The Right2Know Campaign adopted its position paper on Media Freedom, Diversity and the Right to Communicate in March 2012. Since then we have consistently promoted the ideal of a more diverse media landscape in our country on various different platforms, at protests and most especially, during our engagements with grassroots community organisations. If Mr Rampedi does not believe us, then he can browse through the extensive archive on the Media Freedom & Media Diversity tab on our website, where he will find a comprehensive history of all of our varied efforts on this front, going back over a period of five years. But only one example of such work, is when we mobilised on a National Day of Action and delivered memorandums to Naspers/Media24, the SABC, Independent Newspapers, Vodacom, MTN, Telkom Mobile and Cell C, listing various demands related to the democratisation and transformation of the media and communications environment in South Africa, including the highly monopolised nature of the print media sector. Although we are very much aware that there are a variety of other media outlets, institutions and organisations which equally deserve critical attention, we ask that Mr Rampedi bear in mind that ours is a campaign run predominantly by volunteers with limited resources. We do all we can.
Our recently published document, entitled Media Transformation & the Right to Communicate, further expresses our desire to work for a more democratised media environment in our country, where a diverse media is made freely available to all.
While the FJT was hosting its launch, the Right2Know Campaign was holding a series of nationwide media transformation workshops and summits, involving participation from community organisations, media workers and community media around the country. Reporting on these R2K summits confirms that the variety of issues surrounding the transformation of the media are matters which impact on ordinary citizens, some of whom have used this platform to voice their anger. One journalist noted: “As a journalist, I was often taken aback during the course of the summit at the depth of anger and isolation felt by ordinary people, especially those from poor communities who felt the media serves the rich and that they are denied a voice”. Such reporting also confirms Right2Know’s engagement with persons from diverse, poor and grassroots backgrounds, laying waste to the notion that we operate as a sectarian or homogenous group. The next of these summits will be held in Johannesburg on 5 December 2015.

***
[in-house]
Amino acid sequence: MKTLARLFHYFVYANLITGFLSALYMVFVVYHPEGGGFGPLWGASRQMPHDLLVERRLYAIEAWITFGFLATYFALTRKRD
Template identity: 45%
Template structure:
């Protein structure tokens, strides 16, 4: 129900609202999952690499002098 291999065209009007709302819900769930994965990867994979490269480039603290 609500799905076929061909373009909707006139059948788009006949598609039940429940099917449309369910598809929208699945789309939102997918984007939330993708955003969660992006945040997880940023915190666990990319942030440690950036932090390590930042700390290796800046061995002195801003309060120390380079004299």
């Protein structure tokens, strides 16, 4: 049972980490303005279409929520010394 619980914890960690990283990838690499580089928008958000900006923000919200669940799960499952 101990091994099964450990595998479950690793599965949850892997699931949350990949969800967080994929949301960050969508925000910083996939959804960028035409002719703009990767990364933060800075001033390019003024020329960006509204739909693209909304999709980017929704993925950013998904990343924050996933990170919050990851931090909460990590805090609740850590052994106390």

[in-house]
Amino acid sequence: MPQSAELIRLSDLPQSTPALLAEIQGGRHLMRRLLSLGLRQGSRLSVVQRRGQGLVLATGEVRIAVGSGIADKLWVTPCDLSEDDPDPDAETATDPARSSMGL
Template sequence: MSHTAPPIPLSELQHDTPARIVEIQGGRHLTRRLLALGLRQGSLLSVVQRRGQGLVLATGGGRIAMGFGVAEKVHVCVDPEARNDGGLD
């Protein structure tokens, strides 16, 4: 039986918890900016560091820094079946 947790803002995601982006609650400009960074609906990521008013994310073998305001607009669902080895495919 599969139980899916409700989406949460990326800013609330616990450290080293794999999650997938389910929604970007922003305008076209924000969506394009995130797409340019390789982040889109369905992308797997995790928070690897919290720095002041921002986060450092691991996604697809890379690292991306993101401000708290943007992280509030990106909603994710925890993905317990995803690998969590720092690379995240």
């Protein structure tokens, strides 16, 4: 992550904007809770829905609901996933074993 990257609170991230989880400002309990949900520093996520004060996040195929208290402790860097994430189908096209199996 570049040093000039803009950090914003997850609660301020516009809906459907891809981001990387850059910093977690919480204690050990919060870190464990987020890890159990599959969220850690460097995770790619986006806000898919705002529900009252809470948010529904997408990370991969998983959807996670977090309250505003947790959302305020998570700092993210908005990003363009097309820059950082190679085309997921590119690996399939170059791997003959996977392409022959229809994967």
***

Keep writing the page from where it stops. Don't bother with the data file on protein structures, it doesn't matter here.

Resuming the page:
Piet Rampedi is a widely respected investigative journalist, so it is concerning that he has displayed a clear aversion for the facts and the truth in his representations of the Right2Know Campaign. This does not bode well for the FJT regarding its attitude toward promoting an adherence to high standards of ethics within the journalistic profession.
Moreover, we are dumbfounded as to why Rampedi would suggest that we aim to defend the “status quo” of an un-transformed media, when we have for the past five years been working toward the opposite. Indeed, we have been promoting the notion of a meaningful process of democratic media transformation for many years now, and long before the FJT was envisaged.
Nonetheless, we still believe that an organised collective of journalists and media workers such as the FJT have the potential to offer a crucially important contribution to the meaningful transformation of our media landscape, which is related to the communications rights of all peoples. We are open to discussions, and would welcome engagement with the FJT on this matter.
We invite Mr Rampedi and any members of the FJT to our Johannesburg Media Transformation Summit on 5 December, 10:00-15:00 at SERI, Braamfontein, to engage with us on this topic. All are welcome.